Coal is a fossil fuel produced by decomposed plants, animals below high temperatures, and pressure underneath the Earth’s crust over centuries. It is a natural phenomenon.

Its sedimentary ore consists of carbon with an evident concentration of other elements, including sulfur, nitrogen, and hydrogen. 

When the remains of plants and animals transform into fossil fuel, it forms coal. It can take millions of years for that. It is also a mineral, so it is mined out like any other mineral.

It produces more heat as compared to charcoal. It is dense than charcoal and less porous. Lignite, Anthracite, Peat, Bituminous, and Sub-bituminous are its main types.

For industrial purposes and heating systems, it is most useful. Its appearance varies with different types. But it is mainly found in combustible black or dark brown rock colours.

Coal mines can affect their surroundings by creating problems like Air Pollution, Displacement of people.

coal

What is Charcoal? 

Charcoal is a black, porous solid acquired by partially combusting wood and other similar substances.

Charcoal is an impure form of carbon obtained by partially burning carbonaceous materials with limited oxygen. It occurs naturally or human-made from burning carbonaceous materials.

After removing water and other volatile substances from the carbonic compounds, their left residues form charcoal. It can take very little time for its formation. It is not a mineral, so it does not need mining.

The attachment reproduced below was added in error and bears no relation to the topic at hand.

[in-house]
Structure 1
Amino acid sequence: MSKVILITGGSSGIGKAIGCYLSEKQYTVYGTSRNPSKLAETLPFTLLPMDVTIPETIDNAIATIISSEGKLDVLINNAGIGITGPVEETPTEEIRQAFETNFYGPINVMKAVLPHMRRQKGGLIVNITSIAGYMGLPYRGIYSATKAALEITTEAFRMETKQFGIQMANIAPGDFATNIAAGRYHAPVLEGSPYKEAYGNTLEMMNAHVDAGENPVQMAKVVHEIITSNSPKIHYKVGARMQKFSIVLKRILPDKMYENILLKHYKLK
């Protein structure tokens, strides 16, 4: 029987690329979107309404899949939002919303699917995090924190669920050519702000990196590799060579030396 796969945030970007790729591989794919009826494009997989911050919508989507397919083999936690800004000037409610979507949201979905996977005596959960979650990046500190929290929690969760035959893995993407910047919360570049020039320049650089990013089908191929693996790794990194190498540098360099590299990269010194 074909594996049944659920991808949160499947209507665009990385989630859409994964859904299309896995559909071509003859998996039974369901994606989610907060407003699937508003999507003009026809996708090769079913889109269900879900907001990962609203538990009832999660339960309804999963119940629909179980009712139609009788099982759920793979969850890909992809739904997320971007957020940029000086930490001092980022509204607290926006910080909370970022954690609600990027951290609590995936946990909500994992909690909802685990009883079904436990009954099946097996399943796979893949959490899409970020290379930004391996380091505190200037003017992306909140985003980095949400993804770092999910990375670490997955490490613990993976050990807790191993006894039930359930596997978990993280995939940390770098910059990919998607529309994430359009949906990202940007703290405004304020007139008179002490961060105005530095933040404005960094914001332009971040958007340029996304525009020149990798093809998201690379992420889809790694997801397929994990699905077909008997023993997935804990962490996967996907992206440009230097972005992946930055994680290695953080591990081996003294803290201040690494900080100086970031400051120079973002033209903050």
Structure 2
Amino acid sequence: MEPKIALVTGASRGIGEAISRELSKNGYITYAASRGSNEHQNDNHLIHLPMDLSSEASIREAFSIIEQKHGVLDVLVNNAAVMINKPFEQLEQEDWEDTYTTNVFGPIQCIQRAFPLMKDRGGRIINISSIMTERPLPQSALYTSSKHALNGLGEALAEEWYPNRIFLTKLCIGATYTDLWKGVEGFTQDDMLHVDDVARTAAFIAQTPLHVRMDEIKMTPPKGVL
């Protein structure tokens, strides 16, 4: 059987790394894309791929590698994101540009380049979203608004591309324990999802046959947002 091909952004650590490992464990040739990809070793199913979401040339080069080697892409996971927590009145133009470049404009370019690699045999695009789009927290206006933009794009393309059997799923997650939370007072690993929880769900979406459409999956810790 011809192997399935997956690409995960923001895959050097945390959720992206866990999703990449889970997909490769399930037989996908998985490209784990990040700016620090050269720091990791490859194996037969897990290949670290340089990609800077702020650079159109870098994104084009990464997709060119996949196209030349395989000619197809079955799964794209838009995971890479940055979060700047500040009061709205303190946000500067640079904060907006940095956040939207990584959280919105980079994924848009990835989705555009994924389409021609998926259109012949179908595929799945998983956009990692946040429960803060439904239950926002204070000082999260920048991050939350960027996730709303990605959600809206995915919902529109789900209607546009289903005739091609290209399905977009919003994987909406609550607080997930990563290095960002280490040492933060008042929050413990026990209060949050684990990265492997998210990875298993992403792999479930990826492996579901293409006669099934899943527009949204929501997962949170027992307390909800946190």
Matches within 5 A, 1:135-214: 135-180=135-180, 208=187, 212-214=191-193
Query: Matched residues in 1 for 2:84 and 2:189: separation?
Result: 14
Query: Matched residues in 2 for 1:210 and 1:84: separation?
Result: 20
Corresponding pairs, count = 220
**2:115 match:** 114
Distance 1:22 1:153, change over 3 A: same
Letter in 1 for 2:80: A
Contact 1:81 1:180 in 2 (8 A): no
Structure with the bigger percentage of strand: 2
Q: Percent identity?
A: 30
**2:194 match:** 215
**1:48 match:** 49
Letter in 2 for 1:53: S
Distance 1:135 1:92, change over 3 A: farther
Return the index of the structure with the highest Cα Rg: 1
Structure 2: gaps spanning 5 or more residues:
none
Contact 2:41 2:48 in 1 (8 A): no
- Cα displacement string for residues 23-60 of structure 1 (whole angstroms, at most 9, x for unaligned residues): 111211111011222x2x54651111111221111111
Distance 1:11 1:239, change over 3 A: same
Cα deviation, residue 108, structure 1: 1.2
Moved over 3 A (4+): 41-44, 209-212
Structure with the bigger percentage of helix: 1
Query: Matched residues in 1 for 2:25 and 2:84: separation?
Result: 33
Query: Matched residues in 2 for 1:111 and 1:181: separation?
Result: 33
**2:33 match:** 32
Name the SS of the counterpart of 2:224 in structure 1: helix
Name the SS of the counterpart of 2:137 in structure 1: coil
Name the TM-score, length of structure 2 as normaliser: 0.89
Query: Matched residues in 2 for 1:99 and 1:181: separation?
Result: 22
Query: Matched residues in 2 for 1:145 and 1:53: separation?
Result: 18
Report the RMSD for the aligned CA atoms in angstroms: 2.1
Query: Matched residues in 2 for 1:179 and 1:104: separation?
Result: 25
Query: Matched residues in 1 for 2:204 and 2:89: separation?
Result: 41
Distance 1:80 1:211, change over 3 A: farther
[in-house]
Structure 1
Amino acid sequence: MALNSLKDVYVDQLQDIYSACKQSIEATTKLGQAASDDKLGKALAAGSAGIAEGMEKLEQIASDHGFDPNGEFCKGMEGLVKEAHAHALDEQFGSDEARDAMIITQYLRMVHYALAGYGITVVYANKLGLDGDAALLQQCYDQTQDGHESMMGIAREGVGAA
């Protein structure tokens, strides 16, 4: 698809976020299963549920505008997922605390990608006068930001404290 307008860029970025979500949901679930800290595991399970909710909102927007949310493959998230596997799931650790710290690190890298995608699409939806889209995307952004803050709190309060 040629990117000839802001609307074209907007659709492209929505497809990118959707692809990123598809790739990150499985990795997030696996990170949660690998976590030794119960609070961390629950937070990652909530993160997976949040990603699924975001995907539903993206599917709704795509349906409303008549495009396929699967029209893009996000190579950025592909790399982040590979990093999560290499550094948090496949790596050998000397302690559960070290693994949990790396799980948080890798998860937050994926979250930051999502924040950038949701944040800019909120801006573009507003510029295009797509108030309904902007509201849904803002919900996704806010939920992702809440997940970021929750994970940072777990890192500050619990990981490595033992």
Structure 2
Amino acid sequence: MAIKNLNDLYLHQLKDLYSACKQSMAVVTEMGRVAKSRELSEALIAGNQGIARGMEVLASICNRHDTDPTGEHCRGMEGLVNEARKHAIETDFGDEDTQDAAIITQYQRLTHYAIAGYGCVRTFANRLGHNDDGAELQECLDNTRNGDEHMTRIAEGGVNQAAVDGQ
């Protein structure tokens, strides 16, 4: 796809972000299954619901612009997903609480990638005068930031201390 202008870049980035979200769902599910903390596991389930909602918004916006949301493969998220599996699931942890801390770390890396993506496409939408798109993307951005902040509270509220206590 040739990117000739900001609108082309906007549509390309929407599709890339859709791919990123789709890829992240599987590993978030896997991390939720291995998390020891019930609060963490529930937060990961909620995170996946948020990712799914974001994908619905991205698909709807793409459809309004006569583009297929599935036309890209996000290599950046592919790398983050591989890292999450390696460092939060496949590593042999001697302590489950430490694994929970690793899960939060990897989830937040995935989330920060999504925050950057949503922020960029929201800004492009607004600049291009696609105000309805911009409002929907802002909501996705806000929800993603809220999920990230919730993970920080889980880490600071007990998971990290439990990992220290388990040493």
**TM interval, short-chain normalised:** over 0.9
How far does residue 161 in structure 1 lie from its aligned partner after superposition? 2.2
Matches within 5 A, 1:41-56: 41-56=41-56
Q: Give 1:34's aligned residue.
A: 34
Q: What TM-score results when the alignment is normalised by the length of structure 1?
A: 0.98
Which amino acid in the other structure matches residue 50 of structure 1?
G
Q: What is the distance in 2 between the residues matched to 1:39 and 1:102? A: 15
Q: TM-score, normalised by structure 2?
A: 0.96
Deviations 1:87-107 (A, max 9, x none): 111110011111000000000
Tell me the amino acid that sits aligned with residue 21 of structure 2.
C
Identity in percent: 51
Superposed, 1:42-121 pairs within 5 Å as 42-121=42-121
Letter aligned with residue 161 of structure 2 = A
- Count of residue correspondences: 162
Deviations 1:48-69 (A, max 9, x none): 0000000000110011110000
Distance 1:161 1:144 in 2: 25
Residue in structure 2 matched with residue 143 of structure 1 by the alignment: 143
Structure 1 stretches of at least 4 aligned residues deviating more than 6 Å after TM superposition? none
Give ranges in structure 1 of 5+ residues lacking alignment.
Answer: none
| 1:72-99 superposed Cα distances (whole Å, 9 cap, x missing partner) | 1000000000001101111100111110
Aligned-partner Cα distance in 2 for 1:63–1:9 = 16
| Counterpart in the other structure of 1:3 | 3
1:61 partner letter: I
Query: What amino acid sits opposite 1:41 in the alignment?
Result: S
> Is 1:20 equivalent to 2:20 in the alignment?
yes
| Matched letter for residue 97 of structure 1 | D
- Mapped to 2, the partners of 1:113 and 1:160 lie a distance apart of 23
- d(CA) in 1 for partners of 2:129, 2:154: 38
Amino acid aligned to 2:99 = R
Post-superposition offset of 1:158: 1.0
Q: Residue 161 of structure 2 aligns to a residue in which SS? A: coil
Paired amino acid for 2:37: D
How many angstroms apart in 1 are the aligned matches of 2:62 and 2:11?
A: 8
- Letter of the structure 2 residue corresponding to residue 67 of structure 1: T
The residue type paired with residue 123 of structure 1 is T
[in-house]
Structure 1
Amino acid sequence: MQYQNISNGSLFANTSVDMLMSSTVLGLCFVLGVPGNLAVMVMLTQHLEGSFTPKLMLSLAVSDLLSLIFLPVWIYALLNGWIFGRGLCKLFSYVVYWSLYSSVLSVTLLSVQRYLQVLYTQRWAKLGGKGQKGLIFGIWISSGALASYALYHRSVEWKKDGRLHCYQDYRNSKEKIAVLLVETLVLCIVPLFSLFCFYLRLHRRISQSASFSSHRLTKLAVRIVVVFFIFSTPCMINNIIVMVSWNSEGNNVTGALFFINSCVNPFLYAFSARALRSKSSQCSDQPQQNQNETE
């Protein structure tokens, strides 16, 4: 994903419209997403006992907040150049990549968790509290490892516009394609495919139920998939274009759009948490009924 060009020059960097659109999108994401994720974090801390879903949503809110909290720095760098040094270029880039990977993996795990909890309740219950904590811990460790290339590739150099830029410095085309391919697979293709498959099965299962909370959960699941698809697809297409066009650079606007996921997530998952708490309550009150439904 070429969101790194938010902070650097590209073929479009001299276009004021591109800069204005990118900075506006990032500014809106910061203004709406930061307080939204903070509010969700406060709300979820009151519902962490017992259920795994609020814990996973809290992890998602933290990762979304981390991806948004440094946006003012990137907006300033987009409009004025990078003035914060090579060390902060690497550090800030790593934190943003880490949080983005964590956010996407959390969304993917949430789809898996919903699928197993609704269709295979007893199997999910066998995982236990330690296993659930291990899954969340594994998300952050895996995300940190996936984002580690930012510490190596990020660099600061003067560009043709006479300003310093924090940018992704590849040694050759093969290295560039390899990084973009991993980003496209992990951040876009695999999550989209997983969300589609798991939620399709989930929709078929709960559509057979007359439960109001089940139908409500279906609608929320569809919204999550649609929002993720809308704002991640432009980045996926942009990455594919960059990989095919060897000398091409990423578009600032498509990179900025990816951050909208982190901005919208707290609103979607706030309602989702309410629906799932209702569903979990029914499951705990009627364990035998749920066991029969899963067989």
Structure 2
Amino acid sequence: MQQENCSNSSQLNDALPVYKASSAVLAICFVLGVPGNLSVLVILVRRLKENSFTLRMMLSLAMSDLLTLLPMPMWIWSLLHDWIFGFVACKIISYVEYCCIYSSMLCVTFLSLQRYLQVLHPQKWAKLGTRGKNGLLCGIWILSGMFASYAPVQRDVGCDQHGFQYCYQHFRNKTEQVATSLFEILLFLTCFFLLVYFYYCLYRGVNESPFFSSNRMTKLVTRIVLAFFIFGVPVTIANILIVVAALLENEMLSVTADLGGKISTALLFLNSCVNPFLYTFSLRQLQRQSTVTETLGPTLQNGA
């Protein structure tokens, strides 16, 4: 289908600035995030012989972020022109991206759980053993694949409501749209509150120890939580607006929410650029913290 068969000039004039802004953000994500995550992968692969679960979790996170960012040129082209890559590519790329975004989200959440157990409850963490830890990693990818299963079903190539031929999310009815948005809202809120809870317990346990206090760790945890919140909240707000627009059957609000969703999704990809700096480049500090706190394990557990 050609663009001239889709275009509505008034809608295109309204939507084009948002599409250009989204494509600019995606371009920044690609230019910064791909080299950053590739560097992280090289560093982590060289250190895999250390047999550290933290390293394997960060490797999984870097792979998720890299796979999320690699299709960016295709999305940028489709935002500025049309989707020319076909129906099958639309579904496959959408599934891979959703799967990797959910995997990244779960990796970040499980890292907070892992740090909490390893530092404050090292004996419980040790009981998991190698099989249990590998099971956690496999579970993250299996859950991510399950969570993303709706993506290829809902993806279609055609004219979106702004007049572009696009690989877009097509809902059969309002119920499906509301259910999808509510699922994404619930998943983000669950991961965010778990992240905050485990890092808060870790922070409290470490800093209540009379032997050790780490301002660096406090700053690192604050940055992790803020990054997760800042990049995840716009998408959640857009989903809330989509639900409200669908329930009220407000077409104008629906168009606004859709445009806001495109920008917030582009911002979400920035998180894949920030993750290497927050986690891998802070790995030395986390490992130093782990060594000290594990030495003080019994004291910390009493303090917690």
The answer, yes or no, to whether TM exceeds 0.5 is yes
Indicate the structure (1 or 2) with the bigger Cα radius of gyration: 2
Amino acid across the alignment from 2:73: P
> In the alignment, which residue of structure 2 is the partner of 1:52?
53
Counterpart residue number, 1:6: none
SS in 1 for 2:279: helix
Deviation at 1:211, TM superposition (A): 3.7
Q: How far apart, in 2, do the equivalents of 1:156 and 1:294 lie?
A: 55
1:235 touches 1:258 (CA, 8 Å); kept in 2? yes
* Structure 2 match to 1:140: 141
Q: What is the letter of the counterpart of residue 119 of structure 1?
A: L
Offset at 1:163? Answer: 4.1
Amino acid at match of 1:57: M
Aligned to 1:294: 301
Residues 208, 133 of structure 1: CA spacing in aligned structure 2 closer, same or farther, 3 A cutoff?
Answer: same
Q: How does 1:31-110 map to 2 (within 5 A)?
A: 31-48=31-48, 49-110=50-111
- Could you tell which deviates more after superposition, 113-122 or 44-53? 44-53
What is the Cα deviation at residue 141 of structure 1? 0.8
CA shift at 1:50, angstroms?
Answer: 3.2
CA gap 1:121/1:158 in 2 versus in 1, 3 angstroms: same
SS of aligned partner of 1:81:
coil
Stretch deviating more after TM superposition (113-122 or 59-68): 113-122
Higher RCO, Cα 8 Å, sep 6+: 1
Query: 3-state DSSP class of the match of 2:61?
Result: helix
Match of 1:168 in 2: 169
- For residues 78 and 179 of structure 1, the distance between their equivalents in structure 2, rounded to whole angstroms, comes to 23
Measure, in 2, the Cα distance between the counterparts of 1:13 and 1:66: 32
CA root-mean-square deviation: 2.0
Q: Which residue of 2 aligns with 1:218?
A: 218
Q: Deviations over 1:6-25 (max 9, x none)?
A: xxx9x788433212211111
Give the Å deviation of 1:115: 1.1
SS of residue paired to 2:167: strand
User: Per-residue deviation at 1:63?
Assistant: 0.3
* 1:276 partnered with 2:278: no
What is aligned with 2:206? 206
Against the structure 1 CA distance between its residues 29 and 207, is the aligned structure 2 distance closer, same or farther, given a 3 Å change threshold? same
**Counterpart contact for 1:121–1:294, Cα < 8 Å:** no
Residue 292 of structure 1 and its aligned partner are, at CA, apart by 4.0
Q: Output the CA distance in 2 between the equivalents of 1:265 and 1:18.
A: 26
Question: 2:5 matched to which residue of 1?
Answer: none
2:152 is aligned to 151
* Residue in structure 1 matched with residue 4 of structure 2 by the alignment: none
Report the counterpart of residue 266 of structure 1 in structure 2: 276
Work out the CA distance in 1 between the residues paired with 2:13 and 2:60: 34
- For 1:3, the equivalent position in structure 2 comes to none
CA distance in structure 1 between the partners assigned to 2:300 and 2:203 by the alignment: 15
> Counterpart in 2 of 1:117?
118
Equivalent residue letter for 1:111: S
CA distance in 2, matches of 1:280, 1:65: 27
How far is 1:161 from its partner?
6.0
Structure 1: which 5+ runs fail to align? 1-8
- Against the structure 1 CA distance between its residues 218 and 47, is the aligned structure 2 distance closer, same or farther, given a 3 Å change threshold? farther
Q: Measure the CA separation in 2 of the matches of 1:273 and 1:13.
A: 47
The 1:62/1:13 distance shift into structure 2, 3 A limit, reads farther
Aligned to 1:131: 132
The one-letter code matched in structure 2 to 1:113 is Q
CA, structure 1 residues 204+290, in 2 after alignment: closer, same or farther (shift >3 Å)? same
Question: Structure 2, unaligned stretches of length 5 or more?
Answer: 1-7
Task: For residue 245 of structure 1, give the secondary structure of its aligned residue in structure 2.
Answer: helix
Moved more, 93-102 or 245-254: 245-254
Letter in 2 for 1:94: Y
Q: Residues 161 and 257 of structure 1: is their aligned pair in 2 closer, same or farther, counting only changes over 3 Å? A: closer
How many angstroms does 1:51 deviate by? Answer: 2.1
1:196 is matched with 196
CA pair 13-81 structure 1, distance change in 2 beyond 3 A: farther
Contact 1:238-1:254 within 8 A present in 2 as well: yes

It is less dense than coal. It is more porous than coal.

Compared to coal, it produces less heat. It appears in a porous black colour. Its main types are common, Lump, Sugar, Briquettes, Activated, Extruded, and Japanese.

It is helpful for cooking, barbeques, purification, and other domestic purposes. It can cause environmental problems such as Deformation, Soil Erosion, Desertification, etc. 

charcoal

Main Differences Between Coal and Charcoal

  1. Coal naturally occurs from fossil fuels, whereas charcoal appears naturally or human-made from burning carbonaceous materials.
  2. Coal can take centuries to form. While Charcoal forms quite rapidly.
  3. When the remains of plants and animals mutate into fossil fuel, it forms coal. Conversely, after removing water and other volatile substances from the carbonic compounds, their left sediments form charcoal.
  4. The previous is a mineral which is why it is mined out. On the contrary, the succeeding is not a mineral, so it does not need mining.
  5. The first produces more heat as compared to the second. 
  6. Coal is denser than charcoal.
  7. Coal is less porous than charcoal.
  8. The appearance of the former varies with different types. But it is mainly found in combustible black or dark brown rock colours. And the latter appears in a porous black colour.
Difference Between Coal and Charcoal
References
  1. https://www.tandfonline.com/doi/abs/10.1080/15567030802612028 
  2. https://www.sciencedirect.com/science/article/pii/S0969804309000736 
  3. https://www.sciencedirect.com/science/article/pii/S2238785419305757 

This article has been written by: Supriya Kandekar

Last Updated : 11 June, 2023